My memory filtered out that he had stolen one bike from me, and sold two behind my back. Instead, my mind focused on the GOOD, the fun we had on the bikes, and how helpful he was to me. I at one time struggled to think how I could cope without him.
Filtering out the memory of the truth of the bike theft – is cognitive dissonance. I knew it happened. Yet I chose not to remember. Instead (with his help) I would only remember how helpful and useful he was.
Cognitive dissonance can go almost hand in hand with gas lighting. Although sometimes there doesn’t need to be gas lighting. We can just filter out the bad, as it is too painful for us to process. Nobody likes to think that they have been duped or conned. Our brains can naturally filter out what is bad, if we have a comforting truth to hold onto.
Trauma bonding is where you feel connected to somebody, as you have mutually been through a lot of trauma together. This can happen to two individuals who have experienced mutual trauma. Each understands the other. You feel close together, and set apart from the world. Your co-experience of trauma, and mutual understanding and experiences, keep you together. Truth is, the only person that experienced trauma was you. The rest was manufactured by them to keep you captive and controlled in their ivory tower.
Likely other people will not understand the trauma that you have been through. It can be an isolating feeling.
Being around a Sociopath or Psychopath is dramatic. It is dramatic for one reason only BECAUSE THEY DELIBERATELY CREATE DRAMA.
Nobody else understands what you have been through, as you only went through it with that person. This creates a bond. With cognitive dissonance filtering out the horrible truth, and gas lighting further hiding reality from you, making you feel like YOU are the bad and mad one. There is only one conclusion that your mind makes….
The lie you tell yourself
You know this person was bad. But you had some good times together. Some amazing exciting times. You miss those good times. Your mind further filters out the bad, and instead retains the good, and comforting memories that both the Psychopath and Sociopath are so good at giving.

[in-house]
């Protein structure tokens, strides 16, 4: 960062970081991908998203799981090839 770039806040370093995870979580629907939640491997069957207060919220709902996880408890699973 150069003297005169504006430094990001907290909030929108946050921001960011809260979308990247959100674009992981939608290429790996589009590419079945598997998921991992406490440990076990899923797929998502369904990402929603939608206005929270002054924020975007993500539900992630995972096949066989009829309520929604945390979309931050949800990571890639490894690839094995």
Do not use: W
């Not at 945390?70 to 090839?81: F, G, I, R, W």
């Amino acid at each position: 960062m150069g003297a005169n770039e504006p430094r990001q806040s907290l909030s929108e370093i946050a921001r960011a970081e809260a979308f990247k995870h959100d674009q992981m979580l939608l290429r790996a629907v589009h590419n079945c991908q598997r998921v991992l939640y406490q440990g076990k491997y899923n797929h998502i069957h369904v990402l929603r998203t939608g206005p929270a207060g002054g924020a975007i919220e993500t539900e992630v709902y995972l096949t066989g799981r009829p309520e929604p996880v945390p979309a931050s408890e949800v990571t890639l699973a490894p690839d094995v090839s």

You feel a close, deep connection to this person. It might even feel spiritual. A connection that perhaps you had not felt with anyone else. So, your mind begins to play tricks again. This is made worse, if you have been left with your life in ruins, and isolated, while seemingly your ex rides off into the sunset to live a brilliant life.
Cognitive dissonance, Gaslighting, trauma bonding are all at play here. Reality, is not. The only real reality, is that you were in a very controlling, abusive relationship.
The truth is. Once you are REALLY free (I mean mentally and psychologically free, not just physically). Once that person is nothing but a long distance memory to you. You wouldn’t ever want to return anyway. Simply because that person represents LOSS. You want growth in your life, not loss. We will begin to work on this in my next post.
In my next post, I will write about the process that holds you back and keeps you stuck. Yes it is partially our own thinking. Yes, it is partially trauma bonding. But I think that it is far more than that. The truth is, once this person is gone, the only person holding you back – is YOU.
I will write about this further in the next post. Perhaps work through some exercises to do, to bring back your own life.
The next post will be a follow on from this one